Thursday, October 12, 2006

Machen Said it First

C.S. Lewis is often credited with the development of the "Liar, Lunatic, or Lord" argument concerning the divinity of Jesus. The Argument goes as follows:

Since Jesus confessed to be the Son of God, divine and human, then there are only three options for belief in who He is: (1) He is a liar, for He knew He was not the Son of God and professed to be so anyways. (2) He is a lunatic, in which case He truly believed He was the Son of God, but really wasn't. Or (3) He is Lord, that is Jesus is exactly who He says He was. If either of the first two option is true that Jesus is not only not God, but He's not even the "good moral teacher" that most would like to acknowledge Him as. For what good moral teacher is ever decietful or crazy? But if the third be true then we must bow our knees and worship Him.

This is a great argument and was developed and proposed by Lewis in his work Mere Christianity. But, as I have discovered recently, J. Gresham Machen, the 20th Century Princenton Theologian, suggested this line of argument prior to Lewis. The following is a quote from Machen's book Christianity and Liberalism:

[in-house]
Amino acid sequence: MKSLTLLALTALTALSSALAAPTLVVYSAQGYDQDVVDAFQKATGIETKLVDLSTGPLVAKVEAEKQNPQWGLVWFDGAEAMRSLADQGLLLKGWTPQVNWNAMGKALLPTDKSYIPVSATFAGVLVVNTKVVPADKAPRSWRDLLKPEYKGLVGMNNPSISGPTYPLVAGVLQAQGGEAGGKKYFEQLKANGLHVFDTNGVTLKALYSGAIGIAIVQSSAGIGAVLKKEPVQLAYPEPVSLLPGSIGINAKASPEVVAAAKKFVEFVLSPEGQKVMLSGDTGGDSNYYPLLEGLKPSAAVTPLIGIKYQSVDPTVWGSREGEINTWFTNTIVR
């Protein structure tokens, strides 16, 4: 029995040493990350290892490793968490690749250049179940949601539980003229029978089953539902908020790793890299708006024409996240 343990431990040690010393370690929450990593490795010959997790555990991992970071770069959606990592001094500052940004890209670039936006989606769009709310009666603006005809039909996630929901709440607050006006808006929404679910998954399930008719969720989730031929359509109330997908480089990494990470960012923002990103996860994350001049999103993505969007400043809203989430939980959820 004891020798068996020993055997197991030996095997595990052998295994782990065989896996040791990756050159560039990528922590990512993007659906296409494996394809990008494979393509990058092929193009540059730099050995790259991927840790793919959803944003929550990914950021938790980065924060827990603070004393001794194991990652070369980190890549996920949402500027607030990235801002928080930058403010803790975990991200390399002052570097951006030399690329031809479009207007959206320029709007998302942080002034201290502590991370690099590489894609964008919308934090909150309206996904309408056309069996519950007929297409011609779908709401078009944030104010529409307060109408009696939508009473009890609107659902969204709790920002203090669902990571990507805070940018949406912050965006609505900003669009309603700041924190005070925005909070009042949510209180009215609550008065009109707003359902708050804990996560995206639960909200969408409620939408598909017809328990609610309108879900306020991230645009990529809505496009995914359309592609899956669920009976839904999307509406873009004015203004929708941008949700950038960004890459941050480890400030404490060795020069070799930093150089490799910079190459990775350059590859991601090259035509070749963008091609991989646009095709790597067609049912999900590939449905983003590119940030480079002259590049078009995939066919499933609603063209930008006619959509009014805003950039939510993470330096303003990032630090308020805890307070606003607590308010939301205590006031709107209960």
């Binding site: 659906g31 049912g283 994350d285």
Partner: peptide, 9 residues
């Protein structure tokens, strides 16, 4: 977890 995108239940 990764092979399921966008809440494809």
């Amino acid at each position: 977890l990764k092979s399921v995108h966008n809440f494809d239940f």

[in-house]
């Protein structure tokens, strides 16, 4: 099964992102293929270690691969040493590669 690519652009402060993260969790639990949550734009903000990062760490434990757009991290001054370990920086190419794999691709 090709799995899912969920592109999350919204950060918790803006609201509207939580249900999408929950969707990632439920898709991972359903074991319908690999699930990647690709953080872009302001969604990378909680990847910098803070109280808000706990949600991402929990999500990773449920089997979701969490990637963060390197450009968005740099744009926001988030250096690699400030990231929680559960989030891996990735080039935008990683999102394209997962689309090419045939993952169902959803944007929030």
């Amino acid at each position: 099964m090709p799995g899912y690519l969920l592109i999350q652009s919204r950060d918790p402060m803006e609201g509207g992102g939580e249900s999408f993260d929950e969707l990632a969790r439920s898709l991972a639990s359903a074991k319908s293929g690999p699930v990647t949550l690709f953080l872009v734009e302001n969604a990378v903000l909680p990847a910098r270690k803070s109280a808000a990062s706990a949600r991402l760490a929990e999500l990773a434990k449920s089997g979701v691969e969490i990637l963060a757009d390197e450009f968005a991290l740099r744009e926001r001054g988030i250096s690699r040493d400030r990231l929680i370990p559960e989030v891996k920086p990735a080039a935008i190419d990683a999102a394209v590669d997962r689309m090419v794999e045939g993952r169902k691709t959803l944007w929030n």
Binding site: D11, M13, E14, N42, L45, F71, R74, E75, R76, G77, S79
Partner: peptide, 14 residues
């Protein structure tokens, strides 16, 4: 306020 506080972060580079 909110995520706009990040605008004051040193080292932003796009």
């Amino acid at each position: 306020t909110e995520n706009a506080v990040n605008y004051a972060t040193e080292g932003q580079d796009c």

The real trouble is that the lofty claim of Jesus, if, as modern liberalism is constrained to believe, the claim was unjustified, places a moral strain upon Jesus' character. What shall be thought of a human being who lapsed so far from the path of humility and sanity as to believe that the eternal destinies of the world were committed into His hands? The truth is that if Jesus be merely an example, He is not a worthy example; for He claimed to be far more (86).


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